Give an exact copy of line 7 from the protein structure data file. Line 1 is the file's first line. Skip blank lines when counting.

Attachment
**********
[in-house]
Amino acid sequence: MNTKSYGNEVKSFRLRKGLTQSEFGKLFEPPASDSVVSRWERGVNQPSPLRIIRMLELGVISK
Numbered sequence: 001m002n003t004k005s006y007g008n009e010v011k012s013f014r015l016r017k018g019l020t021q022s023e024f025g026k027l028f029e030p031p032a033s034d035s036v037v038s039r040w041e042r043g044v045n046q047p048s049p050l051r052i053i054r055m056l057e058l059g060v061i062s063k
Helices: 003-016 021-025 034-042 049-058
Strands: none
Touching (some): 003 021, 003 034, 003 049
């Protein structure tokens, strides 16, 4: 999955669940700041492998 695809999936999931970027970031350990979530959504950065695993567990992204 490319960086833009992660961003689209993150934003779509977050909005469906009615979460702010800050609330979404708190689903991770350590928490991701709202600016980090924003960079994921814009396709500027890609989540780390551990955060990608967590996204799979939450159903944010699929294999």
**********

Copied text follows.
């Protein structure tokens, strides 16, 4: 999955669940700041492998 695809999936999931970027970031350990979530959504950065695993567990992204 490319960086833009992660961003689209993150934003779509977050909005469906009615979460702010800050609330979404708190689903991770350590928490991701709202600016980090924003960079994921814009396709500027890609989540780390551990955060990608967590996204799979939450159903944010699929294999």